Although having ason of his own, was made to adopt his dead brother Drusus Augustus always attempted to ensure the ultimate succession of someone with Julian blood, but was eventually forced to rely on Tiberius -a Claudian- as the only one with sufficient experience, since other members of the family were still too young. Germanic us, whom Tiberius was obliged to put ahead of his own son, although technically a Claudian had Julian blood and was married to Agrippina, the daughter of Julia and Agrippa. It is generally thought that Augustus was not fond of Tiberius, although some of his correspondence seems to contradict this opinion.
This guide is going to answer the much-asked question everyone wants to know the answer to, and that is how to get a Band 6 in HSC Ancient History.
When you use a browser, like Chrome, it saves some information from websites in its cache and cookies. Clearing them fixes certain problems, like loading or formatting issues on sites. HSC Ancient History Part 4: Historical Periods – Rome – The Julio-Claudians and the Roman Empire AD 14 – HSC - Year 12 - Ancient History HSC band 6 response on 'Explain/assess the role of the army and its use for political purposes in this period' 3 Ex Credits 3 Exchange Credits.
In the HSC, I received a score of 93 Band 6 in Ancient, both for my assessment and exam marks — and today is my opportunity to tell you guys how I did it!
Studying Effectively for the Exam Knowing how to do this is extremely important. The last thing you want to be doing is spending a whole day looking at your Ancient History textbook for 5 hours hoping your brain acts a sponge and is magically absorbing all the information.
Refer to my previous guide here for some helpful tips to writing study notes!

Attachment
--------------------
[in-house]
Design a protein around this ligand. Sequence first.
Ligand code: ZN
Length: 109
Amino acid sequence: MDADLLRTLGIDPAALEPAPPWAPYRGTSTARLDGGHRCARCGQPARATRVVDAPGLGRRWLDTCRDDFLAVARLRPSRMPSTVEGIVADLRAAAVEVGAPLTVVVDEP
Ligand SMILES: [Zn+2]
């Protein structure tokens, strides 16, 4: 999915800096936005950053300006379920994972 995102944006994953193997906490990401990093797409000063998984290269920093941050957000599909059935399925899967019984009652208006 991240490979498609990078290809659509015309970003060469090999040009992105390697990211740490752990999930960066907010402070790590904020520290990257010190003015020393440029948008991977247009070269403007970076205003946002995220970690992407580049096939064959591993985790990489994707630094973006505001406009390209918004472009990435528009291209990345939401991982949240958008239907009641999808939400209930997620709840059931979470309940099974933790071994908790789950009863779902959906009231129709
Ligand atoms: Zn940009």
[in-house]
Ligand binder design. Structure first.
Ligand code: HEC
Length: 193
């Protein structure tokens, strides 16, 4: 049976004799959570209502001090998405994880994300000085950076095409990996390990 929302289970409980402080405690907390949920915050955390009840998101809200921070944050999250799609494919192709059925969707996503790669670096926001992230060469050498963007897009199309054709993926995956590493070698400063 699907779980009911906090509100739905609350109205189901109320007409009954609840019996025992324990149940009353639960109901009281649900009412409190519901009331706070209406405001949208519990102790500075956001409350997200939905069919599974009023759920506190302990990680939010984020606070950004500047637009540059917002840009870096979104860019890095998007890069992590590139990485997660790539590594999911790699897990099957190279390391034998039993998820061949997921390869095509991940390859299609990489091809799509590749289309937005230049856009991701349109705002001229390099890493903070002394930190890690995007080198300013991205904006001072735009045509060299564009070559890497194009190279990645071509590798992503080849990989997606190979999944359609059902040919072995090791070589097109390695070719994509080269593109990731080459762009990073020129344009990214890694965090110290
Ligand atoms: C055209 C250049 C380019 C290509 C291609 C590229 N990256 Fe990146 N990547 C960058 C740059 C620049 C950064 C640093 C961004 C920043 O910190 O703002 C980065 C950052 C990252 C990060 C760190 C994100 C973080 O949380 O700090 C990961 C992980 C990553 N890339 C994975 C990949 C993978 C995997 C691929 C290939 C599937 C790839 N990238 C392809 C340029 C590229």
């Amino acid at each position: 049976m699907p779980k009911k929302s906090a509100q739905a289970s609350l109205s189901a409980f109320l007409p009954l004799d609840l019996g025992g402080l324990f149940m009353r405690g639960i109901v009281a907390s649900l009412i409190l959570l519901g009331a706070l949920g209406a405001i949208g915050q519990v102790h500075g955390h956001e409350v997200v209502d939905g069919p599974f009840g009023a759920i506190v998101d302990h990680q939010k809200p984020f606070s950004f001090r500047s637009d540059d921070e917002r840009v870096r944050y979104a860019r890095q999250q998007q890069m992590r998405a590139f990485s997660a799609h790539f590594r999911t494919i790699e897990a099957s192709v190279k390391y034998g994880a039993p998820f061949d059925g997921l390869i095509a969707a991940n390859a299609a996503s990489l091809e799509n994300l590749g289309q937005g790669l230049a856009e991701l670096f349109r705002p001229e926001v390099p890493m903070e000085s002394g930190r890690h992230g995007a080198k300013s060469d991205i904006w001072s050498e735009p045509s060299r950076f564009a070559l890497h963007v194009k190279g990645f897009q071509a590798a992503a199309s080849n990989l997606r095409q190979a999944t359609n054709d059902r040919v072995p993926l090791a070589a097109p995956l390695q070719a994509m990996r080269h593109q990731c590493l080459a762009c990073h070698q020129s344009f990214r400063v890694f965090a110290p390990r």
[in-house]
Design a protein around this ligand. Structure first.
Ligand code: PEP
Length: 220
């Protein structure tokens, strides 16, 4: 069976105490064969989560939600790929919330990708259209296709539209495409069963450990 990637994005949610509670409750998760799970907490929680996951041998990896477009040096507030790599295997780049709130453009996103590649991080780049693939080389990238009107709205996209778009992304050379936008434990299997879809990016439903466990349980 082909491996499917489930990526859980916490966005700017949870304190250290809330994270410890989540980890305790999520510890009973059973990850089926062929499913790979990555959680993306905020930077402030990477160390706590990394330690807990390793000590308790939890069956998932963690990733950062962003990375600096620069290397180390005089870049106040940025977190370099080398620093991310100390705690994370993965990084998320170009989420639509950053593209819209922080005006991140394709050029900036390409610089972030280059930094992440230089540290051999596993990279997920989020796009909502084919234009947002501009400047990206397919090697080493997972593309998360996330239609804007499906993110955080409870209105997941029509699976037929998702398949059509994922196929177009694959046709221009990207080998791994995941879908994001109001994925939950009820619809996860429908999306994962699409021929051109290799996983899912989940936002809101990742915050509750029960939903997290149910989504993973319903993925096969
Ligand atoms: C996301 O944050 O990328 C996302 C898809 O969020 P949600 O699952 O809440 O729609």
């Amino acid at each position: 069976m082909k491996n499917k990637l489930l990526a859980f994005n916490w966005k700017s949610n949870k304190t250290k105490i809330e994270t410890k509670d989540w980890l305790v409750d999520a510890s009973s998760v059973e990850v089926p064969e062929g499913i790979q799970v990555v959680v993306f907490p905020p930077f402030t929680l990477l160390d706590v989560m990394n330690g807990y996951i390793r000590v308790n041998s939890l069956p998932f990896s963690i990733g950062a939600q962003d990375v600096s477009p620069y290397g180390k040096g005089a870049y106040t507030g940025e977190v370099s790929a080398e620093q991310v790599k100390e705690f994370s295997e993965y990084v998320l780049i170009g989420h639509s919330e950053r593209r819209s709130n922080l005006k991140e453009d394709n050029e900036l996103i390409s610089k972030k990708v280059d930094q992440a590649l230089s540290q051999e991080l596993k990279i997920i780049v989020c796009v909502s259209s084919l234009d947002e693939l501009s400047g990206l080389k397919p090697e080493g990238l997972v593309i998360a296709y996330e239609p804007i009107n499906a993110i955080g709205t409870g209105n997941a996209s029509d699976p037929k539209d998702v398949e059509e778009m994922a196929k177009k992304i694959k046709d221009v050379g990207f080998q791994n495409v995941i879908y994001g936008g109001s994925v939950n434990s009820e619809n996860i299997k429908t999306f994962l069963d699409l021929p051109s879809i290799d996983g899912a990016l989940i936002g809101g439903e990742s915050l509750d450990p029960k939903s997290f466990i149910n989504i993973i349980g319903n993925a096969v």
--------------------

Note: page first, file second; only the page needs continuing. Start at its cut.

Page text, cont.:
I personally study much better by myself, although occasionally I will meet with friends to discuss difficult concepts or to teach them the concepts myself. Ancient was my best and most loved subject, so I always jumped at the opportunity to help my fellow Ancient classmates out, knowing that their marks also effected mine in the end.
When trying to form a study group, look for people who you know are going to work hard and challenge yourself to work harder. Pair up with someone in the group and ask each other questions from the syllabus.
Ask your partner what their weakest point is in Ancient and teach them what you know about that topic. Studying by teaching others has been scientifically proven to boost memory retention and it is also much more enjoyable than sitting at a desk by yourself for 5 hours.
Studying is like a process, in that it has stages, and the stage you are at is dependent on how far away the exam is: Firstly, sit your notes in front of you, and read them out aloud as if you are teaching a class. As previously mentioned, teaching others or pretending to has actually been proven to help you remember concepts better than just reading them in your head, or worse, just looking at them.
Grab a younger or older sibling, a parent, or a friend, and teach them about the Economy of Pompeii and Herculaneum or the Religious Practices of Sparta. Or if all else fails, the furniture in your bedroom or living room will be just as keen to listen. At this stage, you pretty much should be doing anything to try and remember as much as you can before the exam.
Advice from a Band 6 Student The concept of having to remember over pages worth of study notes you can find Band 6 study notes here for your Trial and Final HSC Exams can get a little overwhelming, which leads me to my next tip: I did and I totally regret it now.
I look back now and think why on Earth was I so stressed?
In reality, Trials are just there to prepare you for the real thing, and they only weigh a small percentage of your final HSC mark by the time your assessment marks get scaled against your final exam mark.